With the proliferation of different financial applications on desktops, for many years traders have added monitors to expand their real-estate. Traders and portfolio managers often click and switch between multiple applications and rekey data, leading to potential errors and operational risk.
Now many investment banks and asset management firms are looking at FDC3, a standard facilitating interoperability of applications on the desktop, for connecting disparate applications and improving the user experience. Others see desktop interoperability as key to modernizing data infrastructure and legacy tech stacks.
In June, The Desk reported that “the rollout of FDC3 as a standard supporting desktop interoperability, has generated considerable interest in the trading community.” In response to market demand for connectivity and data sharing across applications on the institutional trading desk, interoperability has become a popular topic discussed at industry conferences.
At the FILS USA 2022 event in June, Dwayne Middleton, Global Head of Fixed-Income Trading at T. Rowe Price, said he was “most looking forward to learning more about desktop interoperability. I think it is the single greatest pathway to enhancing trading performance and transforming a legacy tech stack,” said Middleton in The Desk article. But now that interop has become a buzzword, what does it mean for trading desks? How does the standard work and what will it need to succeed?
“Standards really get adopted when there is a consortium adopting it, rather than a single driver,” said Vinod Jain, Senior Analyst – Capital Markets at Aite-Novarica Group. The mass adoption of the FIX protocol as a messaging standard for electronic trading, was driven by open collaboration between buy-and sell-side firms. Jain noted that there are cases where banks that created a standard, handed it over to the industry to evolve it further. For example, JP Morgan created FpML [Financial Product Markup Language], for electronic dealing and processing of OTC derivatives in the late 1990s, and then gave it to the industry to maintain and develop, said Jain. [FpML is now administered by ISDA.]
In 2017, OpenFin, a pioneer in desktop interoperability, launched FDC3 in collaboration with major industry participants, In 2018, OpenFin contributed a set of codified specifications for writing APIs and messaging formats, to the Financial Industry Open-Source Foundation (FINOS), an independent, neutral non-profit organization.
Over the past five years, FDC3, which is hosted by FINOS on the GitHub repository, has emerged as an open-source standard for connecting diverse applications on the desktop and creating more efficient workflows for traders. Currently, FDC3 includes more than 40 leading banks, buy-side firms, consultancies, and financial services platforms. In 2020, FINOS joined the Linux Foundation.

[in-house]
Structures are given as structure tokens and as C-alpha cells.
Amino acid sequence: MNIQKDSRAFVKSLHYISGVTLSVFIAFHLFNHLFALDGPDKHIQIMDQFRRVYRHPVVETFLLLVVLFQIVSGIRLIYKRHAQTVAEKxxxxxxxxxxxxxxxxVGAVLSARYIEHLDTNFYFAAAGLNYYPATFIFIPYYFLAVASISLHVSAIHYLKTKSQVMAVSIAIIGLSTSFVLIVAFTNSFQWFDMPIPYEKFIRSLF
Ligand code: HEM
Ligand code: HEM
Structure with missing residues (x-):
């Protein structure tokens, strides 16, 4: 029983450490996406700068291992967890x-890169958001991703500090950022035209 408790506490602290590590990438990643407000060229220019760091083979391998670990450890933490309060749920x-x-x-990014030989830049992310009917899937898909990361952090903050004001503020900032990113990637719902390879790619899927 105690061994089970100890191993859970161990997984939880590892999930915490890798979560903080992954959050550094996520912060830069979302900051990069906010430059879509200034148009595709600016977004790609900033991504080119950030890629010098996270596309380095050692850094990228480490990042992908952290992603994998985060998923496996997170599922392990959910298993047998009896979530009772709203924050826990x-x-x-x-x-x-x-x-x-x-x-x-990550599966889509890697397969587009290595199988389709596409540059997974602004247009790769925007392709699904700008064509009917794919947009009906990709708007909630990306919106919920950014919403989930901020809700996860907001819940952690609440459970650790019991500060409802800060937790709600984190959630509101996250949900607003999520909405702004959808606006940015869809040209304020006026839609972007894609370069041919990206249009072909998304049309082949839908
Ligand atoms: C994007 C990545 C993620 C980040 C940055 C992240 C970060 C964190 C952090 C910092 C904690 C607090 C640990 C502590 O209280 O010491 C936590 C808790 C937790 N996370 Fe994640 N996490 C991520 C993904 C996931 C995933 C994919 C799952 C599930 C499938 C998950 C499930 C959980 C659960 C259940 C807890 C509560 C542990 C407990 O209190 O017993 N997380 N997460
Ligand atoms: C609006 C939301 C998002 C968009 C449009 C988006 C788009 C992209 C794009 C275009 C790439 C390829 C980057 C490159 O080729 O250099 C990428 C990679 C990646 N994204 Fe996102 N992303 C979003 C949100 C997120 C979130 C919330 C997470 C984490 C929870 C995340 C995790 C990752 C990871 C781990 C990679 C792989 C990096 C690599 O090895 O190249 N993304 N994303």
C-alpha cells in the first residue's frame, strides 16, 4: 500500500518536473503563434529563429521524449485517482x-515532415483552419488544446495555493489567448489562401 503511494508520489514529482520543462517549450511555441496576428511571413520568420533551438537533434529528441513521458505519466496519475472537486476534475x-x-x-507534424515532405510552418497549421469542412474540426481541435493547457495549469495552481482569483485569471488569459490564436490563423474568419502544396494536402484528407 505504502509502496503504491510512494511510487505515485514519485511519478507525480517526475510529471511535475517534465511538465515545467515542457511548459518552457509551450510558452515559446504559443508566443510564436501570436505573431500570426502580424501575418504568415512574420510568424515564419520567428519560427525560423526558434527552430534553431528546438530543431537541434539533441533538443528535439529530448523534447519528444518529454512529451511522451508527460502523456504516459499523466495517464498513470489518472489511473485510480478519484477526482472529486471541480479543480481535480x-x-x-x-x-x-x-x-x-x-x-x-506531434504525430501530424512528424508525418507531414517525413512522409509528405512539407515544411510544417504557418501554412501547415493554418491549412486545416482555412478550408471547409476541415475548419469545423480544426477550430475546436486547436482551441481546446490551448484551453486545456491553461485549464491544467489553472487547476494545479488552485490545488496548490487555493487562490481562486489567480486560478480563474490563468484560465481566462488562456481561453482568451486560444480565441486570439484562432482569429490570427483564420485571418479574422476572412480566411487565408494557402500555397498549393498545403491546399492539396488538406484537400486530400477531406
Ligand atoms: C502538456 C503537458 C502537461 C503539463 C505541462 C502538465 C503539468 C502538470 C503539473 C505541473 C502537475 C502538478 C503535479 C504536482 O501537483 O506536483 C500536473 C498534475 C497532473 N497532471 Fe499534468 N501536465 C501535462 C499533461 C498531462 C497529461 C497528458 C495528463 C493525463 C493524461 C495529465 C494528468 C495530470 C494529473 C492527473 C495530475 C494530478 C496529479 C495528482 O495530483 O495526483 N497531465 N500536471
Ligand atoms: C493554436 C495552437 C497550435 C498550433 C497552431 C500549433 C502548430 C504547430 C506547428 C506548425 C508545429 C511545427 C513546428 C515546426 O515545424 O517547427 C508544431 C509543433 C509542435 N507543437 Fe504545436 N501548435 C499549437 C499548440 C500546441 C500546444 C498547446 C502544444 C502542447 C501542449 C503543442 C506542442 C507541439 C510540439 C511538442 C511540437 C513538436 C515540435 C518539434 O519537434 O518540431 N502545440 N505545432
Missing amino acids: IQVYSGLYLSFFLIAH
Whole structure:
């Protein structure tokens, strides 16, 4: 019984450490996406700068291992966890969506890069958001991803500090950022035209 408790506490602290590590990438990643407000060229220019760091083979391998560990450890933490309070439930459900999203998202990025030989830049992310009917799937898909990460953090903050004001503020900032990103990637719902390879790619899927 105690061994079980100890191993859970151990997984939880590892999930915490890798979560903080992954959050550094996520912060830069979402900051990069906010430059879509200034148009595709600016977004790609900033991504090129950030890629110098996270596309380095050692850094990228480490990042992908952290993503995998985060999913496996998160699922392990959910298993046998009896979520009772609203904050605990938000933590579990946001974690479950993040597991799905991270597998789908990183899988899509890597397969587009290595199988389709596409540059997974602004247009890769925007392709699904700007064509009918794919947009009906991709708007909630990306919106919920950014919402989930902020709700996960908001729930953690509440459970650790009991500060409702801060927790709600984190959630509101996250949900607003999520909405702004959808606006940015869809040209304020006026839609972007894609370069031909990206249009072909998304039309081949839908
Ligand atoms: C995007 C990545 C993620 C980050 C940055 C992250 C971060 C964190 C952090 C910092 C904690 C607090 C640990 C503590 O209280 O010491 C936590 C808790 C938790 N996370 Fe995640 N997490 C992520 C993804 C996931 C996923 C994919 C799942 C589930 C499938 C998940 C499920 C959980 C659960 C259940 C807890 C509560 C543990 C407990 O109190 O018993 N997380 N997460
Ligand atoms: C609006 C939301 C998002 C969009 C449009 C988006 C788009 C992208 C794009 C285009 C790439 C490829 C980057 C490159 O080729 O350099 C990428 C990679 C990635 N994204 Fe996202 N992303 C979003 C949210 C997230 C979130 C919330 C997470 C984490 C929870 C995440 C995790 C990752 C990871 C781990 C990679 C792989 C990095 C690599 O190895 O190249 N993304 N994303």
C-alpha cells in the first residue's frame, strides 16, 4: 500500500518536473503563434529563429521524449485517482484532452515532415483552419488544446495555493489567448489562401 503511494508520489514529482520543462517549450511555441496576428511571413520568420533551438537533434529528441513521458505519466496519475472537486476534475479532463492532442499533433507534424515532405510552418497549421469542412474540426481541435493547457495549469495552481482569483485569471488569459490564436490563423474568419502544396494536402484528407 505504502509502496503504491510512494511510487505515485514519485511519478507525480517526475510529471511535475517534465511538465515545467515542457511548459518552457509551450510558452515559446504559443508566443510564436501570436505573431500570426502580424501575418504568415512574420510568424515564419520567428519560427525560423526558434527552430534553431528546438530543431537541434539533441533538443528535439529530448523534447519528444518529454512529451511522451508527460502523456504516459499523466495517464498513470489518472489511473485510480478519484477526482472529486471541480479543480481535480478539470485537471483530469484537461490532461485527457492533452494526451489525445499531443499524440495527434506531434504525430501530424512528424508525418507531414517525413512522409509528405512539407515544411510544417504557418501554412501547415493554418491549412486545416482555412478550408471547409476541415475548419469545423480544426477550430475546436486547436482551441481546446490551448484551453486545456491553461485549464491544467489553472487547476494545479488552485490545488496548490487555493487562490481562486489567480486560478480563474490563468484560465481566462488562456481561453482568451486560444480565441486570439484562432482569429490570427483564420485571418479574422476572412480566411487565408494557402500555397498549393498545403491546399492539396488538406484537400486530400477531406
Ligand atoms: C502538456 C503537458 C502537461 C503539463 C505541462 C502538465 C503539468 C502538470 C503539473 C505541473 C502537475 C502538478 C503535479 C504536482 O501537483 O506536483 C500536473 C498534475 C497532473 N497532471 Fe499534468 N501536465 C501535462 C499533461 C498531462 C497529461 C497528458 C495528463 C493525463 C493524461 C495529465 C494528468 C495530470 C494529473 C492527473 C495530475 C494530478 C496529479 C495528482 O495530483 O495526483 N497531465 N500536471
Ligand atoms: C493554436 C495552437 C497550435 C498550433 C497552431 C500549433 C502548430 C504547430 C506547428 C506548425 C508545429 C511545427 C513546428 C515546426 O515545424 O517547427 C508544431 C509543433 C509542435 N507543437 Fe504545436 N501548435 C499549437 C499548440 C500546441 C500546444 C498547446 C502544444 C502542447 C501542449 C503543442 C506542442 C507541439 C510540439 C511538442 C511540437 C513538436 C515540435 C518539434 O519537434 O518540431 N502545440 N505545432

According to its annual review released in February, FINOS now has 68 members leveraging its open-source collaboration forum, including the most recent additions of Wellington Management, Point72, American Express, and Google Cloud, along with 8 more fintech and financial services organizations this past year.
“On the business side we’ve leaned heavily on FDC3,” said Kim Prado, CIO, US Capital Markets, I&CB and office of the COO at BMO, who is Vice Chair of the FINOS governing board. Prado who began her career in fixed-income trading and launched the Brokertec FICC electronic trading platform, spoke at the Open Source in Finance Forum held in New York about the productivity and efficiencies to be gained from leveraging the interop standard.
“Our Institutional clients are expecting our sales team to respond to inquiries- across multiple assets. They may want to price on a bond, they may want a price on an interest rate swap, or they may want a price on a stock. You don’t want your business going to 15 applications to field one inquiry. You have 2 choices: build a giant application,” which is risky and can take time,” suggested Prado, “or leverage what you have and do it in a contextualized way,” added the CIO.
Defining FDC3 Workflows
“While desktop interoperability is not new, it is a new concept in finance,” said Andy Mahoney, Managing Director at FlexTrade EMEA, who is spearheading the EMS provider’s efforts to support FDC3 workflows.
“We are involved in defining what the interoperability standards should be,” said Mahoney. By contributing to the FDC3 standard working groups, FlexTrade is helping to define the specific workflows for traders, said Mahoney.
For example, a trader who uses an EMS, OMS or OEMS may want to interact with an order, send a chat message to the PM, all while pulling up a chart from different applications and accessing a pre-trade cost model. Using the FDC3 standard, FlexTrade is mapping out the steps.
“The challenges we face are defining the workflows consistently across firms. For example, if client A uses an EMS, an OMS, PMS in chat, what kind of workflows are they using vs. client B,” said Mahoney.
“Functionality is increasing with each version of the standard, added Mahoney. The latest version, FDC3 2.0, “is a natural iteration of the existing standard and provides a significant increase in functionality,” he said.
The rollout of FDC3’s Version 2.0, released in July, contains new standard intents and contexts, which define and standardize message exchanges for various workflows, including interop between communication apps (emails, calls, chats), and OMS/EMS/IMS (investment management system). In addition, the new version includes an app directory so that users can discover apps that can participate in an FDC3 workflow.
How FDC3 Works
In a September 2020 blog post, Finsemble CEO Dan Schleifer, explained that data contexts and intents are the core concepts of FDC3. “The best way to think of context data is to think of nouns – such as instruments, contacts, or countries (whereas intents are verbs, such as open a chart, chat with a contact, etc.)
The intents use standardized verbs to instruct other apps to take action. Context data is shared between apps to eliminate re-keying and streamline workflow.
The underlying architecture of FDC3 applications that allow desktop applications to communicate is referred to as a desktop agent. FDC3-enabled applications cannot talk to each other without a desktop agent, explains Schleifer in the blog. Vendors such as Finsemble, Glue 42 and OpenFin build this architecture, or firms could build it on their own.
At the FINOS event , Rob Moffat, Senior Technical Architect at FINOS, who previously worked at Deutsche Bank and several investment banks in London, explained, “If you are a trader, you may have a whole bunch of apps. You want those apps to work together. We have various vendors acting as agents, which are kind of the postman between all the desktop apps that we’ve talked about.”